What is unique about American health care? Americans control a smaller share of our health spending than do residents of most other developed countries. More importantly, the share of health spending controlled by Americans, rather than government or insurers, has declined much faster than it has in any other developed country (for which we have measurements) in the last couple of decades.
Chart 1 shows the share of health spending controlled directly by patients (also known as “out-of-pocket” spending) in ten developed countries, including the United States, from 1988 through 2008. (Not all countries are represented for the entire period.) Switzerland, a country widely praised for its health care, allows patients to control significantly more of their health dollars than any other country does. Out-of-pocket spending in Switzerland has fluctuated around one third of total health spending since 1998.
Everybody all over the world,
In every nation.
In all other countries, out-of-pocket spending has clustered around 15 percent of total health spending. However, countries are showing different trends. In the late 1980s, the United States allowed patients to control more health spending than any other country, except Switzerland. By 2003, it had dropped to the bottom of the pack.
Chart 2 shows the change in the share of out-of-pocket spending for all countries for which data is available for the entire two decades. It shows unequivocally that the United States has been moving in the wrong direction: Removing health dollars from patients’ control and giving it to government and insurers to spend. The share of U.S. health spending controlled directly by patients has dropped by almost half in twenty years. No other country comes remotely close to this failure of consumer direction.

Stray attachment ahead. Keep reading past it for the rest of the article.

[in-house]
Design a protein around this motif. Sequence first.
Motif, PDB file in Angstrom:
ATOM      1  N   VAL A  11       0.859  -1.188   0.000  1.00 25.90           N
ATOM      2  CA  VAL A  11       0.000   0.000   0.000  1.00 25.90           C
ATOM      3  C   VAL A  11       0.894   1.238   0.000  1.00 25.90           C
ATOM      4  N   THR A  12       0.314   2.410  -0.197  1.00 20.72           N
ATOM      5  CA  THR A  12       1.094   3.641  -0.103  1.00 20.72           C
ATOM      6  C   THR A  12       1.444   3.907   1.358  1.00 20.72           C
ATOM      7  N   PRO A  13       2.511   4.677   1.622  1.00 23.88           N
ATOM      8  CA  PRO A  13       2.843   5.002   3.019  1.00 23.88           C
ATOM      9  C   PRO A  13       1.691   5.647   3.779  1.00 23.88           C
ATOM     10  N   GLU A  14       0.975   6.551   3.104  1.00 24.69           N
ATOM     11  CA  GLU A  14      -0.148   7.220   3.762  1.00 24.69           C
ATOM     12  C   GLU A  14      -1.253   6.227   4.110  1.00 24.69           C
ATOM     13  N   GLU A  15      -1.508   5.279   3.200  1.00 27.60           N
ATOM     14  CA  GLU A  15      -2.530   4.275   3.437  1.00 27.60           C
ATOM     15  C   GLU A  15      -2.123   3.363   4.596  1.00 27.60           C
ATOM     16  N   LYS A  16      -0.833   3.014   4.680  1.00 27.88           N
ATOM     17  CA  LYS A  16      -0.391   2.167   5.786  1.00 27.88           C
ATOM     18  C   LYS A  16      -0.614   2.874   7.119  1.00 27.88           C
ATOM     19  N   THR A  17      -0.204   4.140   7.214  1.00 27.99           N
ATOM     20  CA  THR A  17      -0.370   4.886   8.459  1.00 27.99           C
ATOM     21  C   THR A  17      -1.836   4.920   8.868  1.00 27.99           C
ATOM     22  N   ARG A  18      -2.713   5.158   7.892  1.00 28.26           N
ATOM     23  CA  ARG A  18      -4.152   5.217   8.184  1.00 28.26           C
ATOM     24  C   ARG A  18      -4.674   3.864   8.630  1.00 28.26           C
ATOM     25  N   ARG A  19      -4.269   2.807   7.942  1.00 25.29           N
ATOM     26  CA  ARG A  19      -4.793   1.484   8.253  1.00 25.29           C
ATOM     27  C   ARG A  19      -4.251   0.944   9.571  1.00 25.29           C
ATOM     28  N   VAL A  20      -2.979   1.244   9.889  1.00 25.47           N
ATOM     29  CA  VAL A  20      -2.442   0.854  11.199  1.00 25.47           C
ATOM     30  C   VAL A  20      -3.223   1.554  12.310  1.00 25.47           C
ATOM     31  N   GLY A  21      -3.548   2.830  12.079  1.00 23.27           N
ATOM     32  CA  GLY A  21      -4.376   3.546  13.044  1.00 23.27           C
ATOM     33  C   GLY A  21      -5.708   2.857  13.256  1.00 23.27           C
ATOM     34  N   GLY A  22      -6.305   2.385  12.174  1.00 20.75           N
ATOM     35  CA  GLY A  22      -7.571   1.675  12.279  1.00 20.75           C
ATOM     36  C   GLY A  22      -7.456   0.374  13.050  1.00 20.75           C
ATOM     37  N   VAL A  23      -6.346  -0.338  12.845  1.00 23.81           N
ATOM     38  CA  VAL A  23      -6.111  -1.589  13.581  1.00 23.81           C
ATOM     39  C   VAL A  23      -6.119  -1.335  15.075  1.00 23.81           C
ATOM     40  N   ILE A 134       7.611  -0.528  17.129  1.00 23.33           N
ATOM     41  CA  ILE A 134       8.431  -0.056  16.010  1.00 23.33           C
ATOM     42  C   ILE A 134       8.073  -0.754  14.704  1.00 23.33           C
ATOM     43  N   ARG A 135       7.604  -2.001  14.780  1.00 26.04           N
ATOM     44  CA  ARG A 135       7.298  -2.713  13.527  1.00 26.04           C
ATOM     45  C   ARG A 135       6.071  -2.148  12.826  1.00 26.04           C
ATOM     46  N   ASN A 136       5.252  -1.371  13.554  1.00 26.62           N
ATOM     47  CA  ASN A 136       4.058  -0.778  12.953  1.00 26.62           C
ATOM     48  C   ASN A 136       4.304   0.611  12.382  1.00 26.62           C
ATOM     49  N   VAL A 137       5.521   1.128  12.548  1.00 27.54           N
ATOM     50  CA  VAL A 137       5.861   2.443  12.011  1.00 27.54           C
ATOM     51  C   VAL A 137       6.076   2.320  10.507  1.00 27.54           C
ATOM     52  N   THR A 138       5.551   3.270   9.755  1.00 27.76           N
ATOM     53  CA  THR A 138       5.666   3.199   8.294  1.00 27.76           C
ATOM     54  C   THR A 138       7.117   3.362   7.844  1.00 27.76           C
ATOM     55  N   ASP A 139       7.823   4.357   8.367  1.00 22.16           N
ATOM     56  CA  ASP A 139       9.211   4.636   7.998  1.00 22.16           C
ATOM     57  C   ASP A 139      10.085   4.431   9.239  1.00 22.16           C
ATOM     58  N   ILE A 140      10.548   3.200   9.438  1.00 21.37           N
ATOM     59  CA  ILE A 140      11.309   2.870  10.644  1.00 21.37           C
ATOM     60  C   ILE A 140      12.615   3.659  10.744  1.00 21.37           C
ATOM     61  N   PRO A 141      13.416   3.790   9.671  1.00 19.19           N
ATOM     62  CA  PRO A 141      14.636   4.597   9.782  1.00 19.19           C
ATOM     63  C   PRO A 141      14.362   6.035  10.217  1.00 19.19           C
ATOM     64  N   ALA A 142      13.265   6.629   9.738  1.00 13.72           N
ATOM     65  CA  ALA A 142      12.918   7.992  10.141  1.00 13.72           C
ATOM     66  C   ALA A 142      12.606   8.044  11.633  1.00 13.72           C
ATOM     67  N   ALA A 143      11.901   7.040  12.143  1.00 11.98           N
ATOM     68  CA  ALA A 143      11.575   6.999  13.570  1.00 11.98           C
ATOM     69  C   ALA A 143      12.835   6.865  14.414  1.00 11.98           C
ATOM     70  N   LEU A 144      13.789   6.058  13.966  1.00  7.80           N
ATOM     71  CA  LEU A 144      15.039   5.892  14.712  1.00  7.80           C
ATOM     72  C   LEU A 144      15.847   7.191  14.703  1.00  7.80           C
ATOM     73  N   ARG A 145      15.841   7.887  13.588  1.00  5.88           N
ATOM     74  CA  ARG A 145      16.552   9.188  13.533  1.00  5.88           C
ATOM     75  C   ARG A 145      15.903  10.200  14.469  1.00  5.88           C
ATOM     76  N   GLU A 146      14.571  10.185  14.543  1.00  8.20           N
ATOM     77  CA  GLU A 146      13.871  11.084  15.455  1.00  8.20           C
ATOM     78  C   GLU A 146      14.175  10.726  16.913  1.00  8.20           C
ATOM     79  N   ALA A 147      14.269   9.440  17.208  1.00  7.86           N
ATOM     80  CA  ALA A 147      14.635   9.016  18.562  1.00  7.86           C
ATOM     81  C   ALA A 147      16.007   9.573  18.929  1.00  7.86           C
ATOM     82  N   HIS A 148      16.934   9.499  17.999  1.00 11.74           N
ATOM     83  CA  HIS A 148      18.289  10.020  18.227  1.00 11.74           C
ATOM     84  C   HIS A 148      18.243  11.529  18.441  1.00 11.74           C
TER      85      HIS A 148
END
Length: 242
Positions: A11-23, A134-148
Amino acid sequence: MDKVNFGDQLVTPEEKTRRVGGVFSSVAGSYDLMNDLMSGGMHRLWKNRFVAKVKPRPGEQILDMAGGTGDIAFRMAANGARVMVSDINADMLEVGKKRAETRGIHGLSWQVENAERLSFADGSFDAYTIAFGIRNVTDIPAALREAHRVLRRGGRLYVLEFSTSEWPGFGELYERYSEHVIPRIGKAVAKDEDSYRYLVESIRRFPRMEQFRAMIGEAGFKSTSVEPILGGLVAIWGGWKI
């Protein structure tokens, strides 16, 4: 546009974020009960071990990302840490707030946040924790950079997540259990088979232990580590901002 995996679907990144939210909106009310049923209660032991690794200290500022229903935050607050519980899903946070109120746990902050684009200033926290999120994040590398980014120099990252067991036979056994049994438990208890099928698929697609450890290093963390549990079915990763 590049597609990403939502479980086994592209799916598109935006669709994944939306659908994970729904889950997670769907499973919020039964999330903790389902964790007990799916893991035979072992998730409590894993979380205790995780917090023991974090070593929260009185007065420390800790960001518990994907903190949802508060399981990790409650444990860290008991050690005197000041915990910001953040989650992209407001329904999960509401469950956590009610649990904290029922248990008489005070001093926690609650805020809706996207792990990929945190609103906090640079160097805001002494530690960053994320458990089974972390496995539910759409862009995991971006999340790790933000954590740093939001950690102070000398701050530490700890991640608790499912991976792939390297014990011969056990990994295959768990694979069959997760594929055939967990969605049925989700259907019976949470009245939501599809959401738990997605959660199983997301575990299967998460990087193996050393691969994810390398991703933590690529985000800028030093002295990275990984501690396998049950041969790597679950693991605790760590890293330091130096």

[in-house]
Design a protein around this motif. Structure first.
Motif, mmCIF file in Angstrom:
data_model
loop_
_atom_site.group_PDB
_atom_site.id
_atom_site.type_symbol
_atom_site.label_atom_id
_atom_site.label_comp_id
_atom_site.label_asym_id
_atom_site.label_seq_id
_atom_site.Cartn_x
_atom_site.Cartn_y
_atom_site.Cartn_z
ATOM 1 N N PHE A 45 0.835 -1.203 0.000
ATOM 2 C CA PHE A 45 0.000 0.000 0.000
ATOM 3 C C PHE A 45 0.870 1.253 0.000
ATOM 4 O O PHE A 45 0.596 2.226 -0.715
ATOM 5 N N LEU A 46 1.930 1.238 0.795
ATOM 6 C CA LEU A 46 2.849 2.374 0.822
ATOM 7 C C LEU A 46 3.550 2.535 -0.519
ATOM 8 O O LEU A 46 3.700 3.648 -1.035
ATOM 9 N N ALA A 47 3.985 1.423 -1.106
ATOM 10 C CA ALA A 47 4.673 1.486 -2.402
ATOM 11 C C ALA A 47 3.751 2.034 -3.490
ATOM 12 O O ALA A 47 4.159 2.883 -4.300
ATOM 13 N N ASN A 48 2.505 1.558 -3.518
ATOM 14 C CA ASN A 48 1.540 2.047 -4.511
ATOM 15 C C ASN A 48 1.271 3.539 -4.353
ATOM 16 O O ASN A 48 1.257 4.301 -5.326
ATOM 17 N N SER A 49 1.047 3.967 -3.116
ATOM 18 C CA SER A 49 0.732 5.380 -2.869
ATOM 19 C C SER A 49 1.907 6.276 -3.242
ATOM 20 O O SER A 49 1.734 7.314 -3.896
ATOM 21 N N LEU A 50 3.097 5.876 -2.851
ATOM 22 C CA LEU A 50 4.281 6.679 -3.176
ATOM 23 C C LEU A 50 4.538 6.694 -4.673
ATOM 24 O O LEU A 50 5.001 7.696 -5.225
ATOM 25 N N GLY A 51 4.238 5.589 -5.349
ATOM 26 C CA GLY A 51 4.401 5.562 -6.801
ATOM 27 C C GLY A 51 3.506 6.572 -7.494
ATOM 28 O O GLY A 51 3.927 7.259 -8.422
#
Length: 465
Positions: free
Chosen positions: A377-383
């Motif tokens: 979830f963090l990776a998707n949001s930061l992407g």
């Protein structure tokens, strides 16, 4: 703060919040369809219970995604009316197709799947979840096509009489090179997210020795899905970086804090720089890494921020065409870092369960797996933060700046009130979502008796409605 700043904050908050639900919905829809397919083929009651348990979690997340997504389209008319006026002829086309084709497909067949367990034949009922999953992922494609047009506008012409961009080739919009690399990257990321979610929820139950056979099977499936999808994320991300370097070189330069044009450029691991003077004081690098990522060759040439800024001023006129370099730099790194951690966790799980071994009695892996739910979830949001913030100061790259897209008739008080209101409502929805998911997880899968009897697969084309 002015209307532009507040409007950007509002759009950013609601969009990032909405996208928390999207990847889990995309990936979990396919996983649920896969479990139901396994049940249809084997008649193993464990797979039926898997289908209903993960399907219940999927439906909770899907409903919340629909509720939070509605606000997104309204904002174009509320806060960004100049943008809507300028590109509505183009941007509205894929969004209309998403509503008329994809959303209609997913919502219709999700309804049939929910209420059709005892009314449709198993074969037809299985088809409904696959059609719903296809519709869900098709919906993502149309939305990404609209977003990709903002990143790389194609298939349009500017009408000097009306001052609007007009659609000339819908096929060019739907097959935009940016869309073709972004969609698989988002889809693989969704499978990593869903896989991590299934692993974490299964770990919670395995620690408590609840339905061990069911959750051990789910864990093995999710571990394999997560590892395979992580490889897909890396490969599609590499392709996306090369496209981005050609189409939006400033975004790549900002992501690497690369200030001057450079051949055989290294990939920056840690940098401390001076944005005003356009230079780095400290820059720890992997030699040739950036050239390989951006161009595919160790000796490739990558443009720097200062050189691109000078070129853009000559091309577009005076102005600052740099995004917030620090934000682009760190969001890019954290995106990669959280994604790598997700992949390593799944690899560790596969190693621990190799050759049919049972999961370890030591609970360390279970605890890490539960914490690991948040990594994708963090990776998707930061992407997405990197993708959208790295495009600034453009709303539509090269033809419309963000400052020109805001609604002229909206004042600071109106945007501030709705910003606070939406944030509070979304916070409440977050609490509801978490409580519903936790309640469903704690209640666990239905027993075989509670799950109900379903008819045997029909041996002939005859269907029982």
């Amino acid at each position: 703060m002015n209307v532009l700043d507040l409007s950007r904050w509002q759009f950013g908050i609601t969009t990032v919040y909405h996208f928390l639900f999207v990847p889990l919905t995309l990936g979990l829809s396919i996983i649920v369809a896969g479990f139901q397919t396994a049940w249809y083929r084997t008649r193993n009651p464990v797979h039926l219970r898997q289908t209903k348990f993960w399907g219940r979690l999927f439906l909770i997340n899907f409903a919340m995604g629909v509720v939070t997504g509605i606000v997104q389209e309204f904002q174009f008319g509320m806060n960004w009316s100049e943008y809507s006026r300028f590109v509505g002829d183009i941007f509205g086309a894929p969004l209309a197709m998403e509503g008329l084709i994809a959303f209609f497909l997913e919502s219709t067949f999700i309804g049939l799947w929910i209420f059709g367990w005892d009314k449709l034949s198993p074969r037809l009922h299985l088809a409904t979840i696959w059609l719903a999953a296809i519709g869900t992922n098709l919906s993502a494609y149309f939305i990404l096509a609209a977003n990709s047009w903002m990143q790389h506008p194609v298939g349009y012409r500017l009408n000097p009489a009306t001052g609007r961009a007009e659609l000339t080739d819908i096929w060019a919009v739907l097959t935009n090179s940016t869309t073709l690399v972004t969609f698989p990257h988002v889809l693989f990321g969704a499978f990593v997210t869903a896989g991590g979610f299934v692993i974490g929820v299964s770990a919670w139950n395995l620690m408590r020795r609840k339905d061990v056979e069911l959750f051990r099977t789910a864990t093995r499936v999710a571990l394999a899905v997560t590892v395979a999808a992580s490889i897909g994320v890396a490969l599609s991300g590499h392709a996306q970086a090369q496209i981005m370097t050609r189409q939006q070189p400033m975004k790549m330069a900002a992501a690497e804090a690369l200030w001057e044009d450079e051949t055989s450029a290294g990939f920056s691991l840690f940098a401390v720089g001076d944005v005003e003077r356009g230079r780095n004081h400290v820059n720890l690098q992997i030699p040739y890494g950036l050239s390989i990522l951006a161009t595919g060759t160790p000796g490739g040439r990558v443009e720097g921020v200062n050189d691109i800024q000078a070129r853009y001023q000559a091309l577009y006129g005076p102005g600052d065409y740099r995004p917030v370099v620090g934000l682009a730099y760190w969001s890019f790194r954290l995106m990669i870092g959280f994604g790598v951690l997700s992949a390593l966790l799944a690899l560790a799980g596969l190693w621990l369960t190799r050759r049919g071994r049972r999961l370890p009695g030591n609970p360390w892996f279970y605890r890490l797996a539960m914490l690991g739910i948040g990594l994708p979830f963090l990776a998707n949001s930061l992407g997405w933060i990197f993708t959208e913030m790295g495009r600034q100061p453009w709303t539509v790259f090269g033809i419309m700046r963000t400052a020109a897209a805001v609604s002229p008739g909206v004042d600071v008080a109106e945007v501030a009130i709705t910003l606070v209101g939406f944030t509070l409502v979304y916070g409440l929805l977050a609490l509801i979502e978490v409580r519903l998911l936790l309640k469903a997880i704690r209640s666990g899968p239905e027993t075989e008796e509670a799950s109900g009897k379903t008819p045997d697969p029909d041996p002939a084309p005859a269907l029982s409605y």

Indeed, only three of the nine countries have experienced a drop in patient control. The next worst is Switzerland, for which the drop was only twenty percent. As noted above, Switzerland has an extraordinarily high share of direct payment, so a loss of consumer sovereignty, while worrying, is less of a concern than in countries like the United States where the share of health spending controlled by patients was already low in the 1980s. Ireland showed a marginal drop in patient control over the period, with out-of-pocket spending as a share of total health spending dropping by about eight percent.
In every other country, the share increased or remained stable over the period. Tiny Luxembourg experienced a large jump in patient control around the turn of the century, but this was from a very low base. (Out-of-pocket health spending jumped to 11.8 percent of total health spending in 2000 from just 7.4 percent the year before.)
In other countries, the increase in patients’ share of health spending clustered around 15 percent over the period. Even in Canada, where government continues to assert monopoly control over residents’ access to health care, the share of health spending controlled by patients directly remained unchanged. As a result, Canadians now enjoy more direct control over their health dollars than Americans do!
The lesson is clear: The United States continues to experience a long-term trend of loss of patients’ control of health spending. Attempts to reverse this with tools such as Health Reimbursement Arrangements, Flexible Spending Arrangements, Medical Savings Accounts, and Health Savings Accounts have not resulted in systemic change.
As a result, Americans control less of our own health spending than do residents of other developed countries. After ObamaCare is defeated, reversing his long-term trend must be the top priority of the real health reform that replaces it.